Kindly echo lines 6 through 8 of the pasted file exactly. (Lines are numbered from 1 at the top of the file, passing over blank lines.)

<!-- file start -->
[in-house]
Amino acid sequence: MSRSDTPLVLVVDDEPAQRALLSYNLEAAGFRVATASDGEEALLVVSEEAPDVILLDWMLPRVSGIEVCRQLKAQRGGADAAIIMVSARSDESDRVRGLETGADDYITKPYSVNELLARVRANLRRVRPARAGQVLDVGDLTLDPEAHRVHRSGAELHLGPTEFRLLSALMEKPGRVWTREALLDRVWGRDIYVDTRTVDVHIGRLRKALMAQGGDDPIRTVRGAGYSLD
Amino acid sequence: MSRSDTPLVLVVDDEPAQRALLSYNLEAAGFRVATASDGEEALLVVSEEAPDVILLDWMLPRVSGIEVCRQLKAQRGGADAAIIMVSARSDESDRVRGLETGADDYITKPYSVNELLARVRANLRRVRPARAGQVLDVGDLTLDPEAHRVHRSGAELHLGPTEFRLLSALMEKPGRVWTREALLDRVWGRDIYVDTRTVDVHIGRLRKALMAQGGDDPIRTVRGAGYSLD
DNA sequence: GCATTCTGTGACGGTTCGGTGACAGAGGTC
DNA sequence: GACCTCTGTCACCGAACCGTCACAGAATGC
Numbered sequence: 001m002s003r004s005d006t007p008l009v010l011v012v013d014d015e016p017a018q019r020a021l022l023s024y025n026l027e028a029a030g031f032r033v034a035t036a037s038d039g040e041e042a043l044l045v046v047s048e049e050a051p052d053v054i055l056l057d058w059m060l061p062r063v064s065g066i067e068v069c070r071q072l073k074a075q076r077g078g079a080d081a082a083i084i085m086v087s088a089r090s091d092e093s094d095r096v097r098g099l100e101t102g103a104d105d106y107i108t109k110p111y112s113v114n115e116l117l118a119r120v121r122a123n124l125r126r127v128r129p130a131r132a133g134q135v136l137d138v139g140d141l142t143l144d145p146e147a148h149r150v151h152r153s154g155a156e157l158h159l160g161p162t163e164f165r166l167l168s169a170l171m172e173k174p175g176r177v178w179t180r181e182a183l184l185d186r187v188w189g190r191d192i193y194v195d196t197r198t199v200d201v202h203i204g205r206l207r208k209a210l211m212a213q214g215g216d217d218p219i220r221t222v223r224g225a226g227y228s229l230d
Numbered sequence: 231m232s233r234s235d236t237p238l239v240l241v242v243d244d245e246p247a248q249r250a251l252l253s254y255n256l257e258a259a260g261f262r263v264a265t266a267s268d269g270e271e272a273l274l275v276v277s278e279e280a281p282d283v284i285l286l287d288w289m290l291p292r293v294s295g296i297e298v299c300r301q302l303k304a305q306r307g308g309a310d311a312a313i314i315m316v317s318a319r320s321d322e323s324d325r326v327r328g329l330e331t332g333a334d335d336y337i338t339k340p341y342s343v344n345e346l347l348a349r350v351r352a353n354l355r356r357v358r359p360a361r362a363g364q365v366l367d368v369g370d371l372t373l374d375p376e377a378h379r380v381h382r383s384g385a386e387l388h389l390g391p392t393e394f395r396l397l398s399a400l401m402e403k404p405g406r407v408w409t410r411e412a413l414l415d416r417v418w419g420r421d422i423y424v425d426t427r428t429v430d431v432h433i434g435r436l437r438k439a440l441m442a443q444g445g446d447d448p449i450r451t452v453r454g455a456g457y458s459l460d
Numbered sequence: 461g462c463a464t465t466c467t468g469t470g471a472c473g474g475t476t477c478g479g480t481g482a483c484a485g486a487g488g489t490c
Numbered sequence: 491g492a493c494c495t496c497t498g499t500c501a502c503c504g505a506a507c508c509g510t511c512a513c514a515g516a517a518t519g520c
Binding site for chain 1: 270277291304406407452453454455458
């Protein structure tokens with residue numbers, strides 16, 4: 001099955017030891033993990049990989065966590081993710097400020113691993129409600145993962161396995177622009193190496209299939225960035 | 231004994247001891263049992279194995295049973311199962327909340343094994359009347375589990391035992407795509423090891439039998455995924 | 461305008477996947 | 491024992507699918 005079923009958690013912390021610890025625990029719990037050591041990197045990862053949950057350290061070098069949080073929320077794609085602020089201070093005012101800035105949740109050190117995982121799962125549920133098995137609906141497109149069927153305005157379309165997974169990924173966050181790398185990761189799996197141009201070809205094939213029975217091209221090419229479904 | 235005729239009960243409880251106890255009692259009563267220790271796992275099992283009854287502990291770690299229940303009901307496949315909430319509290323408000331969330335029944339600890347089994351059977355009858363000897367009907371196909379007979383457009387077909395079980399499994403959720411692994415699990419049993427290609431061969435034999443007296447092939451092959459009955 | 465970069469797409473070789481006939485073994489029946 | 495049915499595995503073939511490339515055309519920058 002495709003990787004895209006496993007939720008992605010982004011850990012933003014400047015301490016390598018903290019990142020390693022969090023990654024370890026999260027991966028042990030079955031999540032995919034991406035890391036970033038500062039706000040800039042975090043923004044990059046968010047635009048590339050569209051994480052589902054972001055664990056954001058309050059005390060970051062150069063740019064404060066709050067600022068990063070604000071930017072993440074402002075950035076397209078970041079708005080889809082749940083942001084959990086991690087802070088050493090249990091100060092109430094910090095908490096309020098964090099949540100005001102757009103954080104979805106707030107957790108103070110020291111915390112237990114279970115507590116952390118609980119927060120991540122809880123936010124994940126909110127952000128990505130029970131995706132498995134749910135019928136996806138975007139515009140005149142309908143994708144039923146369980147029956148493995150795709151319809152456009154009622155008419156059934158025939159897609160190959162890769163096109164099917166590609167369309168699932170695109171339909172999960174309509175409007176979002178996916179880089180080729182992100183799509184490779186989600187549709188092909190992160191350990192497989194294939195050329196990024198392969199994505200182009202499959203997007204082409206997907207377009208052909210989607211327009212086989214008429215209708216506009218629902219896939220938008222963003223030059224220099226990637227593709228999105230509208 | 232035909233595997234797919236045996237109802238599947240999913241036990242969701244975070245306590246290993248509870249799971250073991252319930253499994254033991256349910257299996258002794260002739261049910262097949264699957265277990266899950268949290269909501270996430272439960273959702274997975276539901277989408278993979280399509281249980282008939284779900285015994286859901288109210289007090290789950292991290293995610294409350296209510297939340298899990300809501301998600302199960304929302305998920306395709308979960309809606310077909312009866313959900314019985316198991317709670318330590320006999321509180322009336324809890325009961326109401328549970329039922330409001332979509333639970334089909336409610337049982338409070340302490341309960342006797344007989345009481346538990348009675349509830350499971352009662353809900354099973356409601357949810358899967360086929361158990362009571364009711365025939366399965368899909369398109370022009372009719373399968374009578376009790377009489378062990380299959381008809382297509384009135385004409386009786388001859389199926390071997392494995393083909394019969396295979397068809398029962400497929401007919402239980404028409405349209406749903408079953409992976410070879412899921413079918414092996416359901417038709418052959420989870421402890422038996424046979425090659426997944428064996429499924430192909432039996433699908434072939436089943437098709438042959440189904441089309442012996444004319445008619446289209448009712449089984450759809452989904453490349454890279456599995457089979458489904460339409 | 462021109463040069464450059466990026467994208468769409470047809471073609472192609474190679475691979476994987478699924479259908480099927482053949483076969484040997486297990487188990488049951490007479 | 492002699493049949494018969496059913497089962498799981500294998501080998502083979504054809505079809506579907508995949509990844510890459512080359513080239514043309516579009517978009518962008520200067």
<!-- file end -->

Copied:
Numbered sequence: 001m002s003r004s005d006t007p008l009v010l011v012v013d014d015e016p017a018q019r020a021l022l023s024y025n026l027e028a029a030g031f032r033v034a035t036a037s038d039g040e041e042a043l044l045v046v047s048e049e050a051p052d053v054i055l056l057d058w059m060l061p062r063v064s065g066i067e068v069c070r071q072l073k074a075q076r077g078g079a080d081a082a083i084i085m086v087s088a089r090s091d092e093s094d095r096v097r098g099l100e101t102g103a104d105d106y107i108t109k110p111y112s113v114n115e116l117l118a119r120v121r122a123n124l125r126r127v128r129p130a131r132a133g134q135v136l137d138v139g140d141l142t143l144d145p146e147a148h149r150v151h152r153s154g155a156e157l158h159l160g161p162t163e164f165r166l167l168s169a170l171m172e173k174p175g176r177v178w179t180r181e182a183l184l185d186r187v188w189g190r191d192i193y194v195d196t197r198t199v200d201v202h203i204g205r206l207r208k209a210l211m212a213q214g215g216d217d218p219i220r221t222v223r224g225a226g227y228s229l230d
Numbered sequence: 231m232s233r234s235d236t237p238l239v240l241v242v243d244d245e246p247a248q249r250a251l252l253s254y255n256l257e258a259a260g261f262r263v264a265t266a267s268d269g270e271e272a273l274l275v276v277s278e279e280a281p282d283v284i285l286l287d288w289m290l291p292r293v294s295g296i297e298v299c300r301q302l303k304a305q306r307g308g309a310d311a312a313i314i315m316v317s318a319r320s321d322e323s324d325r326v327r328g329l330e331t332g333a334d335d336y337i338t339k340p341y342s343v344n345e346l347l348a349r350v351r352a353n354l355r356r357v358r359p360a361r362a363g364q365v366l367d368v369g370d371l372t373l374d375p376e377a378h379r380v381h382r383s384g385a386e387l388h389l390g391p392t393e394f395r396l397l398s399a400l401m402e403k404p405g406r407v408w409t410r411e412a413l414l415d416r417v418w419g420r421d422i423y424v425d426t427r428t429v430d431v432h433i434g435r436l437r438k439a440l441m442a443q444g445g446d447d448p449i450r451t452v453r454g455a456g457y458s459l460d
Numbered sequence: 461g462c463a464t465t466c467t468g469t470g471a472c473g474g475t476t477c478g479g480t481g482a483c484a485g486a487g488g489t490c